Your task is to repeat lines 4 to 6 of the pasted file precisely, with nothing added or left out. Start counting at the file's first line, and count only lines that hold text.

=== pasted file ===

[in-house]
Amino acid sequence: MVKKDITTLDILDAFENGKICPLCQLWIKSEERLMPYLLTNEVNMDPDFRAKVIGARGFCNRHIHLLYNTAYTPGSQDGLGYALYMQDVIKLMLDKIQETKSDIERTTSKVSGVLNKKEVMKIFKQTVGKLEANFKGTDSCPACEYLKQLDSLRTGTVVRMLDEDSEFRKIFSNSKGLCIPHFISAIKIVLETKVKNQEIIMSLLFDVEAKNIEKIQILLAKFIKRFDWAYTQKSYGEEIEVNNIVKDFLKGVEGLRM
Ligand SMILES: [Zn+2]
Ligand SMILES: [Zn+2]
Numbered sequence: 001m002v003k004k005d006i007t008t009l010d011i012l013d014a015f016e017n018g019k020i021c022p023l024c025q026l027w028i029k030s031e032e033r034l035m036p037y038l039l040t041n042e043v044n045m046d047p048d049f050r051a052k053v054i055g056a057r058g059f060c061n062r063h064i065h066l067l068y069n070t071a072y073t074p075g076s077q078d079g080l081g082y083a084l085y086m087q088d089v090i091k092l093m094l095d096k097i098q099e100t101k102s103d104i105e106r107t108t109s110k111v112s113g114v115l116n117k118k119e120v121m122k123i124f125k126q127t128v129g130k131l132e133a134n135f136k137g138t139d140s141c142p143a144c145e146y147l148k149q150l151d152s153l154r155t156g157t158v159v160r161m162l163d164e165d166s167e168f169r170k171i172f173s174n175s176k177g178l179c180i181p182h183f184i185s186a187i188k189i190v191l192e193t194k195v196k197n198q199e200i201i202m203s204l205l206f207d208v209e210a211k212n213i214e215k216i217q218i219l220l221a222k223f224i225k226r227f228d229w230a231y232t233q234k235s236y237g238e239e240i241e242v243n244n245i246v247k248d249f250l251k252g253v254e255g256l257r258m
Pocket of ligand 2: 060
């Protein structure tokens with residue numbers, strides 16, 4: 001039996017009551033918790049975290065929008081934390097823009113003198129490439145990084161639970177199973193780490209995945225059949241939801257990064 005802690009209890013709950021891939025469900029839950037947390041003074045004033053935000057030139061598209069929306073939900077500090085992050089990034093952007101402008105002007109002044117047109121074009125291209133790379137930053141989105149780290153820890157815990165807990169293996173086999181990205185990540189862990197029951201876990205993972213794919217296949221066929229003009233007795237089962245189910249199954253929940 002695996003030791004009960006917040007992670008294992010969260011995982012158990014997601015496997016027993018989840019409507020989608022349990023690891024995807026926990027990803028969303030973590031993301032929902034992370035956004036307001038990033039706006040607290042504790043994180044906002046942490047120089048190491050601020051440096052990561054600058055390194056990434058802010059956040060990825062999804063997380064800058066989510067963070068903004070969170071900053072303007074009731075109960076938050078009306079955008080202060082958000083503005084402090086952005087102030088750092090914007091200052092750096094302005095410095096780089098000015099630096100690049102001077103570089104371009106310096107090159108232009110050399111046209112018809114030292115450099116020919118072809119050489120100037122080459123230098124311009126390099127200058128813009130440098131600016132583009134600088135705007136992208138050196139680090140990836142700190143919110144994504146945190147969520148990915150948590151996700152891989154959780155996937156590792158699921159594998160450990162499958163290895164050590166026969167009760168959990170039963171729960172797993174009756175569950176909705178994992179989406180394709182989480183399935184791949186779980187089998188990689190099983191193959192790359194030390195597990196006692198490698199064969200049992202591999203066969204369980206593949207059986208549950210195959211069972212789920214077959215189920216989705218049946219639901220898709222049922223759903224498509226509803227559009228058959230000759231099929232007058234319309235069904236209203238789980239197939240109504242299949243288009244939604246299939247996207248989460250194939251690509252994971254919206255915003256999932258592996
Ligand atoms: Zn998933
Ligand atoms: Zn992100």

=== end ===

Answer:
Ligand SMILES: [Zn+2]
Numbered sequence: 001m002v003k004k005d006i007t008t009l010d011i012l013d014a015f016e017n018g019k020i021c022p023l024c025q026l027w028i029k030s031e032e033r034l035m036p037y038l039l040t041n042e043v044n045m046d047p048d049f050r051a052k053v054i055g056a057r058g059f060c061n062r063h064i065h066l067l068y069n070t071a072y073t074p075g076s077q078d079g080l081g082y083a084l085y086m087q088d089v090i091k092l093m094l095d096k097i098q099e100t101k102s103d104i105e106r107t108t109s110k111v112s113g114v115l116n117k118k119e120v121m122k123i124f125k126q127t128v129g130k131l132e133a134n135f136k137g138t139d140s141c142p143a144c145e146y147l148k149q150l151d152s153l154r155t156g157t158v159v160r161m162l163d164e165d166s167e168f169r170k171i172f173s174n175s176k177g178l179c180i181p182h183f184i185s186a187i188k189i190v191l192e193t194k195v196k197n198q199e200i201i202m203s204l205l206f207d208v209e210a211k212n213i214e215k216i217q218i219l220l221a222k223f224i225k226r227f228d229w230a231y232t233q234k235s236y237g238e239e240i241e242v243n244n245i246v247k248d249f250l251k252g253v254e255g256l257r258m
Pocket of ligand 2: 060